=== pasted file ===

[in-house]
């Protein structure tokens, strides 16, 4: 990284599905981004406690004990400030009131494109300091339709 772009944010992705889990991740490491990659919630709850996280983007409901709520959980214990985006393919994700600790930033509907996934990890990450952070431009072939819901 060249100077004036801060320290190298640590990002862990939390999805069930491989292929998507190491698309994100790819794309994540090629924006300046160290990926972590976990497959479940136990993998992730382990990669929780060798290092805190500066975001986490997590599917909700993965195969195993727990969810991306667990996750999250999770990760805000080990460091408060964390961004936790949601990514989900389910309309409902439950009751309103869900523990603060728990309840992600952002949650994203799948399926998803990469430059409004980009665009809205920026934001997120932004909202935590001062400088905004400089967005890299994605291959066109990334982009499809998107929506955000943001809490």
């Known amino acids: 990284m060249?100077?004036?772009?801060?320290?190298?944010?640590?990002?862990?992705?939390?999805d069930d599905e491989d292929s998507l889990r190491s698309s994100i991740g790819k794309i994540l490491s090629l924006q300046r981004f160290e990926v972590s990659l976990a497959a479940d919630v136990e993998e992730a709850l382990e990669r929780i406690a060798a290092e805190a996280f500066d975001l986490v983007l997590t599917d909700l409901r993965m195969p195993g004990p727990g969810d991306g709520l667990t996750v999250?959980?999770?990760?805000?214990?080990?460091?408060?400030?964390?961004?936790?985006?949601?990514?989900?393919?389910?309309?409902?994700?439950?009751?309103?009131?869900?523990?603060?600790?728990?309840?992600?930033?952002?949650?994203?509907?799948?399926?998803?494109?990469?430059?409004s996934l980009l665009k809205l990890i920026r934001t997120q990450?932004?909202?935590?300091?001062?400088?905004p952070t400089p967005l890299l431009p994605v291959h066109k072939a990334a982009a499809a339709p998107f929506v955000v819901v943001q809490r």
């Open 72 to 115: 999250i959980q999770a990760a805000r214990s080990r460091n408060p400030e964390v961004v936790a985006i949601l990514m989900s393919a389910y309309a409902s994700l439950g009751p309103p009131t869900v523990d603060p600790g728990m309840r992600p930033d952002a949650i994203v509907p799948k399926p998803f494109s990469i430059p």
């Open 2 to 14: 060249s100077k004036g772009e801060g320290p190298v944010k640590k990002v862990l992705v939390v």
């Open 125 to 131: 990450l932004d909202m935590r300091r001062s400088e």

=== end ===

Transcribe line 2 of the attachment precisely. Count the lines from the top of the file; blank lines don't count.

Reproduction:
């Protein structure tokens, strides 16, 4: 990284599905981004406690004990400030009131494109300091339709 772009944010992705889990991740490491990659919630709850996280983007409901709520959980214990985006393919994700600790930033509907996934990890990450952070431009072939819901 060249100077004036801060320290190298640590990002862990939390999805069930491989292929998507190491698309994100790819794309994540090629924006300046160290990926972590976990497959479940136990993998992730382990990669929780060798290092805190500066975001986490997590599917909700993965195969195993727990969810991306667990996750999250999770990760805000080990460091408060964390961004936790949601990514989900389910309309409902439950009751309103869900523990603060728990309840992600952002949650994203799948399926998803990469430059409004980009665009809205920026934001997120932004909202935590001062400088905004400089967005890299994605291959066109990334982009499809998107929506955000943001809490």